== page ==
I am currently showing two series of work (its still up for anyone who wants to check it out) at a cool little gallery on the Upper West Side in NYC. A series from a baby beauty pageant as well as a series documenting sites where people have been lynched are on display.
The micro-gallery is actually in my friends apartment. The Society for Domestic Museology resides in the living room of Heather and Joel Topcik’s apartment on 59th and 8th avenue. The gallery was devised for a number of reasons: One, a cunningly brilliant way to get free art rotating through the home of the Topcik’s. Secondly, to provide a platform for artistso display their work and be the impetus for a salon where the artist and attendees engage in a lively, thought provoking discussion. I am the third artist to be exhibited at SfDM.
The first body of work on display is from a series I did on lynching. The concept of the series consists of revisiting historical sites of racial violence and also document what is happening in these places currently. It is done in an attempt to memorialize the people who lost their lives there in these extra-judicial tragedies. Ideally the series will serve as a way to have these locations rolled into the Civil Rights Memorial Highway or Federally/State run battleground memorial sites each tree bearing the name of whom and when an innocent person was killed there.
Here is an excerpt about the lynching series from Heather’s article on the show. Full article here.“Southernscapes, Joshua’s installation for the SfDM, consists of two series, one black and white, one color, both taken during a road trip through the American South in 2011. The trip was inspired by James Allen’s 2001 book, Without Sanctuary, documenting the disturbing visual legacy of postcards and photographic souvenirs taken at public lynchings in the United States between 1882 and 1950. Deeply moved by this tragic history, Joshua set out to find some of the sites where lynchings had occurred in order to memorialize these now-anonymous places that have faded back into the landscape, a willfully forgotten chapter in our nation’s past. Each photograph depicts a place where a specific lynching occurred — a tree in front of a Shreveport courthouse, a field along an Arkansas highway, a railroad bridge in Alabama, an oak tree in Mississippi. The name of the victim and the year of the lynching are written below each image, the most recent of which occurred in 2010. At first glance, these photographs are remarkable for their tranquility — and, in contrast to much of Joshua’s work, the absence of people in the frame. The portraits of the trees, in particular, are regal and betray no hint of the brutality that haunts them. With nothing to commemorate the lives taken there, these sites occupy a secret history unknown to those who may pass by. Inspired by the Emmett Till Memorial Highway in Mississippi, commemorating the Chicago teenager murdered in 1955 for allegedly flirting with a white woman, Joshua aims to create a similar memorial to these events in the belief that reckoning with this history and its victims is a necessary step toward collective healing.”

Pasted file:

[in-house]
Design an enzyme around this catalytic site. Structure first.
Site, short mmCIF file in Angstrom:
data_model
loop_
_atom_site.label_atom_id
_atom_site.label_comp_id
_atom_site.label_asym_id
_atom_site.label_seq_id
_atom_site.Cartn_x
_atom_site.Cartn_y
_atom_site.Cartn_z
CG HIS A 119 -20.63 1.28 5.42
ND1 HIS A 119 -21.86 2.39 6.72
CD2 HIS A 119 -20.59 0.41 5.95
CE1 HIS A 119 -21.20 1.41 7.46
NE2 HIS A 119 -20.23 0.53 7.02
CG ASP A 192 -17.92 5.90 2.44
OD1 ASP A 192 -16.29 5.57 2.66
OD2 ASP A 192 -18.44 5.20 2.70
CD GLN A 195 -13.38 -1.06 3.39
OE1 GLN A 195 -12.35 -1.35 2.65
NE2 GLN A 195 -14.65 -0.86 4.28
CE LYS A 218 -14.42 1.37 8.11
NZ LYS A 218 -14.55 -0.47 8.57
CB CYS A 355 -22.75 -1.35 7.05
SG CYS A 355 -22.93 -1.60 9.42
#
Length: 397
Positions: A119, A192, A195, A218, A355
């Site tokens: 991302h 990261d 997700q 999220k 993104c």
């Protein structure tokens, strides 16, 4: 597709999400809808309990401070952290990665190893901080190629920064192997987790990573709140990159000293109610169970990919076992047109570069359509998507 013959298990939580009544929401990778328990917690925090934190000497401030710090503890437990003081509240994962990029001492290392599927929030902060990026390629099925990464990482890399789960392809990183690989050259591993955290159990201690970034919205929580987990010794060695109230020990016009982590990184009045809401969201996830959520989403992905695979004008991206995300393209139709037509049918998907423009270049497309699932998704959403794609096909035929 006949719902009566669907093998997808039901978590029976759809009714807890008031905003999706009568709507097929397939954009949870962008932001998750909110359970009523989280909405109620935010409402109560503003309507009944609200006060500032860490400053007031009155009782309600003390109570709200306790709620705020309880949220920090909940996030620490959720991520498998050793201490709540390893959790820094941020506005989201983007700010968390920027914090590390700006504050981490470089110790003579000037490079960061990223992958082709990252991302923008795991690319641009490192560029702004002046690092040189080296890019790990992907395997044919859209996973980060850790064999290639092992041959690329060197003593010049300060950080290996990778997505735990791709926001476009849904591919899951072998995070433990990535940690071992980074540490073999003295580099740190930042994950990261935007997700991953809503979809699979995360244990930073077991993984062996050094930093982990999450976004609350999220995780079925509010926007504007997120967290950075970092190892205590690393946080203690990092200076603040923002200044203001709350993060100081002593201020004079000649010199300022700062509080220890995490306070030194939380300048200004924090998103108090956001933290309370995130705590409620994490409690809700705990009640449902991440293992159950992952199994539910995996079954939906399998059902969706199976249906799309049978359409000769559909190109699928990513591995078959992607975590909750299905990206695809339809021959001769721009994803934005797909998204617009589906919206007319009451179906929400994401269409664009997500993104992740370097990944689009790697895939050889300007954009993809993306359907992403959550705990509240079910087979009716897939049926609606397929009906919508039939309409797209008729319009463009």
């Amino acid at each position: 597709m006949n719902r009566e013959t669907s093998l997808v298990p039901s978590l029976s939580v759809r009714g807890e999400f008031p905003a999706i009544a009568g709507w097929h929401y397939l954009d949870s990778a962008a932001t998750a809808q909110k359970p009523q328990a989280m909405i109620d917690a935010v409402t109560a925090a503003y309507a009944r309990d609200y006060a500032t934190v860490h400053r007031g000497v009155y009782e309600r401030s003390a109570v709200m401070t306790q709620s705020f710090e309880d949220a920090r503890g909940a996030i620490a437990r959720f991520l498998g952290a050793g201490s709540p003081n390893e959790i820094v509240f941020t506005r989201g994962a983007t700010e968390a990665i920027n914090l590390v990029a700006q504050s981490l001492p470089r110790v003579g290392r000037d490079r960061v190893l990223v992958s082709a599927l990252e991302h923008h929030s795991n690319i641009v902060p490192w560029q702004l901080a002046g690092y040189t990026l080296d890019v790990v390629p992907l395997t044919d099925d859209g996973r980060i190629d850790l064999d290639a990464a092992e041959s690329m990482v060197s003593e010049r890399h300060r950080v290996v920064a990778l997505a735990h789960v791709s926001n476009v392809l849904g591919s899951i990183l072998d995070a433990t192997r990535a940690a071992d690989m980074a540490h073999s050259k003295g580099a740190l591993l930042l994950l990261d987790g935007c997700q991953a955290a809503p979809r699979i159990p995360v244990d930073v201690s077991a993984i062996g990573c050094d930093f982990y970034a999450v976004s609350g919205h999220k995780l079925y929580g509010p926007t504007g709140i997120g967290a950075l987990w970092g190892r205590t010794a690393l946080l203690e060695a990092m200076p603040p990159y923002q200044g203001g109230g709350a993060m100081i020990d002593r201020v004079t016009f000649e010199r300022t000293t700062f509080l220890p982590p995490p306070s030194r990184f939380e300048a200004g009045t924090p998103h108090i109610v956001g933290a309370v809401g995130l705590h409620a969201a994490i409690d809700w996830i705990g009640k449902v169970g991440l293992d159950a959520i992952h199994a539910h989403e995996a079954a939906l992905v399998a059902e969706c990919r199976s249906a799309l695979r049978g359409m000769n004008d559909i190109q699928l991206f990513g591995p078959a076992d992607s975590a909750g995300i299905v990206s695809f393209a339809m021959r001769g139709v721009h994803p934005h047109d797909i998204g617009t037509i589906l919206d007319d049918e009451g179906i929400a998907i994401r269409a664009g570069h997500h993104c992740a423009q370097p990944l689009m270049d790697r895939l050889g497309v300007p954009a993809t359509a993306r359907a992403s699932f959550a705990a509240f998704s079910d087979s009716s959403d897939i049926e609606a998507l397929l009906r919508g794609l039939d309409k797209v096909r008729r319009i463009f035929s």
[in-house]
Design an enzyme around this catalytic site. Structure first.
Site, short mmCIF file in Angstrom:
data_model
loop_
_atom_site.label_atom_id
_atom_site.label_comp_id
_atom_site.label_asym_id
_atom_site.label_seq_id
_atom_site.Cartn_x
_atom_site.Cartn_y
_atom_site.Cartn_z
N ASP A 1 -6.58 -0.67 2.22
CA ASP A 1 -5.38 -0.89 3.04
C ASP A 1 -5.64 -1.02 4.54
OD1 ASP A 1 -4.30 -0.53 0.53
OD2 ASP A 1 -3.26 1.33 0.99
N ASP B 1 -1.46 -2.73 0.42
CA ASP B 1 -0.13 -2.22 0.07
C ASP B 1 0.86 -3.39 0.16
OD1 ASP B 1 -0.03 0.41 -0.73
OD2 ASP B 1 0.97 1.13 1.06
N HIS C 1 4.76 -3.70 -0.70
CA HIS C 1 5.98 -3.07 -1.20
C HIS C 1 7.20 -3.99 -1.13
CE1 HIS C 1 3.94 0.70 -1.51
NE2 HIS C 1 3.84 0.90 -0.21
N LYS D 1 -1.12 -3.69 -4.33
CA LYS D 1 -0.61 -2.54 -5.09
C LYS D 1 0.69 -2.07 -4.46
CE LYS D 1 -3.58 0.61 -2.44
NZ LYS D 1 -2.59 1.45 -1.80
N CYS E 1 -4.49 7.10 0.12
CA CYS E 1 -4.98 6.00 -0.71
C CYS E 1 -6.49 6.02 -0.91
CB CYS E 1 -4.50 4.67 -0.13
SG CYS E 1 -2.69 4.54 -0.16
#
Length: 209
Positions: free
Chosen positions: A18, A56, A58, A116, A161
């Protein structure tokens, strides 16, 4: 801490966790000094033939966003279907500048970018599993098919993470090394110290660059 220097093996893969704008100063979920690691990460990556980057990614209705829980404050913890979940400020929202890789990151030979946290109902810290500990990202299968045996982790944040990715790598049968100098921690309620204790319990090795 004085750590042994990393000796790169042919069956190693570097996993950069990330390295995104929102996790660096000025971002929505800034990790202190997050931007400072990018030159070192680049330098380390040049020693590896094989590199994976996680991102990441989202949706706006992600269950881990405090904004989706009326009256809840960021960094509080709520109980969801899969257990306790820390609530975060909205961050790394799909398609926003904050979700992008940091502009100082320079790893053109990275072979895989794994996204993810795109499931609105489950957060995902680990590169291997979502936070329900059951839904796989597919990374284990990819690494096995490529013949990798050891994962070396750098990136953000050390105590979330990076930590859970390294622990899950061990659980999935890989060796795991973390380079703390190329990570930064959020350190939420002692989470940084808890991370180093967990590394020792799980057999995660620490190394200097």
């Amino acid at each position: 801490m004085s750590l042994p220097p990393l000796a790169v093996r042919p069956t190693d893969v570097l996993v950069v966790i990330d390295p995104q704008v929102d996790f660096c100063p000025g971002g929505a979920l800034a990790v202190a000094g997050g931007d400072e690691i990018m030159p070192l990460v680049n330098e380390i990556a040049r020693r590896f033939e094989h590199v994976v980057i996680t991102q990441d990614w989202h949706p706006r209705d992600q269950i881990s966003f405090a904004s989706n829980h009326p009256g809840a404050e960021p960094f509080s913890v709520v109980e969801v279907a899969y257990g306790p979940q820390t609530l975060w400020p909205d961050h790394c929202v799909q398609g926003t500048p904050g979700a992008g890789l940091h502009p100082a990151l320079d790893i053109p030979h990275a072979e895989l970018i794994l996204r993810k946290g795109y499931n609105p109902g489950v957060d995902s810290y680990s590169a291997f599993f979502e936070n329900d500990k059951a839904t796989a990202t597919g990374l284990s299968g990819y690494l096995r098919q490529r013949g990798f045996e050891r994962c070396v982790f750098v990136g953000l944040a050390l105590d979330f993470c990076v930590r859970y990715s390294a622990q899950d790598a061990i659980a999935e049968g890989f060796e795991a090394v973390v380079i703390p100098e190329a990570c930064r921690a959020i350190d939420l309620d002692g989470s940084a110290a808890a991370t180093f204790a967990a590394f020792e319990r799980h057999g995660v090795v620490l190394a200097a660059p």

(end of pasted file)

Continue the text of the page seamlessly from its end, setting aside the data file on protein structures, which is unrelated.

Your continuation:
The small image above is from Without Sanctuary. It’s an incredible and disturbing but important book that was used as reference material for my project. Below is the image I made in the exact spot where this lynching occurred in 1906.
The other series on display was from a baby beauty pageant I shot in Vicksburg, Mississippi. I thought this series is relevant to the mission of the SfDM in how living with the art affects the family on a daily basis-this is one of the core concepts of the gallery. The Topcik’s have two young daughters so the ideas of femininity, sexuality and notions of beauty are ones they are starting to deal with on a daily basis and thats what this body of work addresses.“In contrast to the solemnity of the lynching series, the four photos that make up the Baby Beauty Pageant series are all color and tackiness; yet they depict a more subtle violence. During his southern sojourn, Joshua happened upon a baby beauty pageant in a small town in Mississippi. After talking his way into the event and roaming for about an hour, he was ejected by officials, but not before capturing some compelling moments. These images depict the kind of crude enforcement of the gender roles that appear marginal and quirky in a small town beauty pageant like this one, yet as Frank Rich describes in his 1997 essay on our national obsession with JonBenet Ramsay, beauty pageants like these are big business in the U.S. and the themes and messages about gender and sexuality as acted out by their tiny participants have made their way into the culture writ large.”
One of the most engaging and enjoyable aspects of the SfDM shows is the salon that takes place during the opening (as well as the myriad of delectable food that Joel always crafts, this one being Southern themed). I passed around Without Sanctuary and discussed my trip and reasons for the work. Then a lively discussion ensued on this disturbing and unreckoned part of our countries history. We then lightened it up with the beauty pageant series which turned out to be also depressing. Another excerpt from Heather’s article on the salon. She is a modern day Gertrude Stein, god bless her.“In our comfortable domestic setting, the theme of the conversation that evening was violence, from the overt violence of the public lynchings to the subtle violence that happens when you dress up your toddler in a ball gown and tiara (or a bathing suit!) and parade her down the catwalk. My favorite thing about these openings has been the conversation that happens around the work. What starts as a party with food, drinks, and small talk evolves into an earnest discussion about art and ideas, devoid of irony. The kind that can be hard to find sometimes.”